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git-p4 - Perforce <-> Git converter using git-fast-import
 
Usage
=====
 
git-p4 supports two main modes: Importing from Perforce to a Git repository is
done using "git-p4 sync" or "git-p4 rebase". Submitting changes from Git back
to Perforce is done using "git-p4 submit".
 
Importing
=========
 
You can simply start with
 
  git-p4 clone //depot/path/project
 
or
 
  git-p4 clone //depot/path/project myproject
 
This will create an empty git repository in a subdirectory called "project" (or
"myproject" with the second command), import the head revision from the
specified perforce path into a git "p4" branch (remotes/p4 actually), create a
master branch off it and check it out. If you want the entire history (not just
the head revision) then you can simply append a "@all" to the depot path:
 
  git-p4 clone //depot/project/main@all myproject
 
 
 
If you want more control you can also use the git-p4 sync command directly:
 
  mkdir repo-git
  cd repo-git
  git init
  git-p4 sync //path/in/your/perforce/depot
 
This will import the current head revision of the specified depot path into a
"p4" branch of your git repository. You can use the --branch=mybranch option
to use a different branch.
 
If you want to import the entire history of a given depot path just use
 
  git-p4 sync //path/in/depot@all
 
To achieve optimal compression you may want to run 'git repack -a -d -f' after
a big import. This may take a while.
 
Support for Perforce integrations is still work in progress. Don't bother
trying it unless you want to hack on it :)
 
Incremental Imports
===================
 
After an initial import you can easily synchronize your git repository with
newer changes from the Perforce depot by just calling
 
  git-p4 sync
 
in your git repository. By default the "p4" branch is updated.
 
It is recommended to run 'git repack -a -d -f' from time to time when using
incremental imports to optimally combine the individual git packs that each
incremental import creates through the use of git-fast-import.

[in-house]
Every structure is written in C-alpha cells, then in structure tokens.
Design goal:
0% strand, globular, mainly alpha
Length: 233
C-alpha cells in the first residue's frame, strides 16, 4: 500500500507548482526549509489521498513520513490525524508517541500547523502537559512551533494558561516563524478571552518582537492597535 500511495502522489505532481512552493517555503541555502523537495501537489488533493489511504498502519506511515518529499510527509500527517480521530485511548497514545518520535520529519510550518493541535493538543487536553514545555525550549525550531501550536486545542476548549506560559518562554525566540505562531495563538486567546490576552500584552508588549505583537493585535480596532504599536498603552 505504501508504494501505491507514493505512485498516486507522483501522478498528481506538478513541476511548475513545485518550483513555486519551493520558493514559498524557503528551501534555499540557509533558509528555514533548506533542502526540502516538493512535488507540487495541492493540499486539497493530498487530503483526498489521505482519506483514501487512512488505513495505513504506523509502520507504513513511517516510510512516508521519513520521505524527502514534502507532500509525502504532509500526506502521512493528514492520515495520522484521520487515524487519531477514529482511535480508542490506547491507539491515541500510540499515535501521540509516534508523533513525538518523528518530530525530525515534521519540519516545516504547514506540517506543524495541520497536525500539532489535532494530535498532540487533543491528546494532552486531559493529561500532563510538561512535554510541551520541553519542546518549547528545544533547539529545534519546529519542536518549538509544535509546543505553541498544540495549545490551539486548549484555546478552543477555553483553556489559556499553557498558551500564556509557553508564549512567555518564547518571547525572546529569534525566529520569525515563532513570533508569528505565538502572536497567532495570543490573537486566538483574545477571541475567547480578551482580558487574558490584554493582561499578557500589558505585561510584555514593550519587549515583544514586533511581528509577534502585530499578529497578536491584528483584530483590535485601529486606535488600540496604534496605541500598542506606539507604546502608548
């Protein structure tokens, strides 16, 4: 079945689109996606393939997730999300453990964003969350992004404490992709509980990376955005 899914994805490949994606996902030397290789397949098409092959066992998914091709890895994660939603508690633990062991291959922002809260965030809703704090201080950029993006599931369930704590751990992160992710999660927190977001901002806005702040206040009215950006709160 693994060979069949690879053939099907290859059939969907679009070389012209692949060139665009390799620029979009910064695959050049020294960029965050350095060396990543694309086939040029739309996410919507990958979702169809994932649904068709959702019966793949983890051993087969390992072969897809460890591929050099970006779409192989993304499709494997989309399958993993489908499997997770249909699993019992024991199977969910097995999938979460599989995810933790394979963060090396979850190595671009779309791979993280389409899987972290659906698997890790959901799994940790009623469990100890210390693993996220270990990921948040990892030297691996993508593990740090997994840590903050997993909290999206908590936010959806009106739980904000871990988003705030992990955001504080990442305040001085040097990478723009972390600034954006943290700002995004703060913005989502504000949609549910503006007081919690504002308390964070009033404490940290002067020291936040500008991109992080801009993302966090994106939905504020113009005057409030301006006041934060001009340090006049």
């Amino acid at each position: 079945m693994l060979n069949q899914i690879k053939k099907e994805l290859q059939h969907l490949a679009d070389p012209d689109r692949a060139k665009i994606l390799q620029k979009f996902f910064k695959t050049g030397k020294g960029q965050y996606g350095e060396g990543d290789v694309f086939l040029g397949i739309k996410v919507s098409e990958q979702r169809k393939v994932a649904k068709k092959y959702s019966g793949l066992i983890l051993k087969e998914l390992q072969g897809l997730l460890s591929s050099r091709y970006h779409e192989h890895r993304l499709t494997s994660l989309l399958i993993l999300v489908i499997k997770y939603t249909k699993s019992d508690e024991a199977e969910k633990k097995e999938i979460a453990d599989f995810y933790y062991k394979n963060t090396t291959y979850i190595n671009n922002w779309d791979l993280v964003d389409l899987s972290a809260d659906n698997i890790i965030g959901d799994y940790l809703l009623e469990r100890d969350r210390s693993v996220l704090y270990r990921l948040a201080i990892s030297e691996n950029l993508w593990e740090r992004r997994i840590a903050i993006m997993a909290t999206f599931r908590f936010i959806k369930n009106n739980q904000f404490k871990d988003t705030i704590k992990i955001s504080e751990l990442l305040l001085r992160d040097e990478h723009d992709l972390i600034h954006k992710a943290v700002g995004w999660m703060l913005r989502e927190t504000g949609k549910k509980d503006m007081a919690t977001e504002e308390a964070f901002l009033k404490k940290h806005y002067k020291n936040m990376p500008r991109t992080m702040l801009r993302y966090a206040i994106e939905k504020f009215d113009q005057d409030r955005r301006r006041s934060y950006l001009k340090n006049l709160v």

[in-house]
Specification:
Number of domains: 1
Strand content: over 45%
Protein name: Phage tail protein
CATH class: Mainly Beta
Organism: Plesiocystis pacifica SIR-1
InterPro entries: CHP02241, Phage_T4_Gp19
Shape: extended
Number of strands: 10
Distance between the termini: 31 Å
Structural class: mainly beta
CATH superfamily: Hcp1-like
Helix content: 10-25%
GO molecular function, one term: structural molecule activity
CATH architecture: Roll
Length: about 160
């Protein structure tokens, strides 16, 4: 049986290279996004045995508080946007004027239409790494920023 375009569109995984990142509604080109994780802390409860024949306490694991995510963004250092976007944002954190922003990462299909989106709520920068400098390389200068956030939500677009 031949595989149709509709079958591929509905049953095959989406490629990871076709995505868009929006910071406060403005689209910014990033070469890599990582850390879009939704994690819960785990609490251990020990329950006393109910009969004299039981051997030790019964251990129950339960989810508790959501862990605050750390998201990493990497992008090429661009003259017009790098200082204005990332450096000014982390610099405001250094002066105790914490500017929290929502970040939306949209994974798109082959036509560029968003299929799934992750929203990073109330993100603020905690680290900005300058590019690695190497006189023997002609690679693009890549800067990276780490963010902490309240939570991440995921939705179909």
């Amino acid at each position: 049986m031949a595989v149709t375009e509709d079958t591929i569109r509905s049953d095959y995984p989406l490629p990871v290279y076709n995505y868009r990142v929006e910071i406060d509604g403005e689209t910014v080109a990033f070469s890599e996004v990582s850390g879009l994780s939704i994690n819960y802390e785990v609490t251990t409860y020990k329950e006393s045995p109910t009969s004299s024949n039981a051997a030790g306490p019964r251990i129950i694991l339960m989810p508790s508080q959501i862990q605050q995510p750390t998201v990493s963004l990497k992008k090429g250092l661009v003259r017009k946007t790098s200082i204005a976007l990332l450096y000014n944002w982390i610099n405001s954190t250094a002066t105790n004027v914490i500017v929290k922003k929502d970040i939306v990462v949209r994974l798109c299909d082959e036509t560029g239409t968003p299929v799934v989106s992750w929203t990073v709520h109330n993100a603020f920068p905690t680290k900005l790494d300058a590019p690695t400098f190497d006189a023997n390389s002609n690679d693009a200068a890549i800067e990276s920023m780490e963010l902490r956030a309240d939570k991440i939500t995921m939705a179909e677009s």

A useful setup may be that you have a periodically updated git repository
somewhere that contains a complete import of a Perforce project. That git
repository can be used to clone the working repository from and one would
import from Perforce directly after cloning using git-p4. If the connection to
the Perforce server is slow and the working repository hasn't been synced for a
while it may be desirable to fetch changes from the origin git repository using
the efficient git protocol. git-p4 supports this setup by calling "git fetch origin"
by default if there is an origin branch. You can disable this using
 
  git config git-p4.syncFromOrigin false
 
Updating
========
 
A common working pattern is to fetch the latest changes from the Perforce depot
and merge them with local uncommitted changes. The recommended way is to use
git's rebase mechanism to preserve linear history. git-p4 provides a convenient
 
  git-p4 rebase
 
command that calls git-p4 sync followed by git rebase to rebase the current
working branch.
 
Submitting
==========
 
git-p4 has support for submitting changes from a git repository back to the
Perforce depot. This requires a Perforce checkout separate to your git
repository. To submit all changes that are in the current git branch but not in
the "p4" branch (or "origin" if "p4" doesn't exist) simply call
 
    git-p4 submit
 
in your git repository. If you want to submit changes in a specific branch that
is not your current git branch you can also pass that as an argument:
 
    git-p4 submit mytopicbranch
 
You can override the reference branch with the --origin=mysourcebranch option.
 
If a submit fails you may have to "p4 resolve" and submit manually. You can
continue importing the remaining changes with
 
  git-p4 submit --continue
 
After submitting you should sync your perforce import branch ("p4" or "origin")
from Perforce using git-p4's sync command.
 
If you have changes in your working directory that you haven't committed into
git yet but that you want to commit to Perforce directly ("quick fixes") then
you do not have to go through the intermediate step of creating a git commit
first but you can just call
 
  git-p4 submit --direct
 
 
Example
=======
 
# Clone a repository
  git-p4 clone //depot/path/project
# Enter the newly cloned directory
  cd project
# Do some work...
  vi foo.h
# ... and commit locally to gi
  git commit foo.h
# In the meantime somebody submitted changes to the Perforce depot. Rebase your latest
# changes against the latest changes in Perforce:
  git-p4 rebase
# Submit your locally committed changes back to Perforce
  git-p4 submit
# ... and synchronize with Perforce
  git-p4 rebase
 
 
Implementation Details...
=========================
 
* Changesets from Perforce are imported using git fast-import.
* The import does not require anything from the Perforce client view as it just uses
  "p4 print //depot/path/file#revision" to get the actual file contents.
* Every imported changeset has a special [git-p4...] line at the
  end of the log message that gives information about the corresponding
  Perforce change number and is also used by git-p4 itself to find out
  where to continue importing when doing incremental imports.
  Basically when syncing it extracts the perforce change number of the
  latest commit in the "p4" branch and uses "p4 changes //depot/path/...@changenum,#head"
  to find out which changes need to be imported.
* git-p4 submit uses "git rev-list" to pick the commits between the "p4" branch
  and the current branch.
  The commits themselves are applied using git diff/format-patch ... | git apply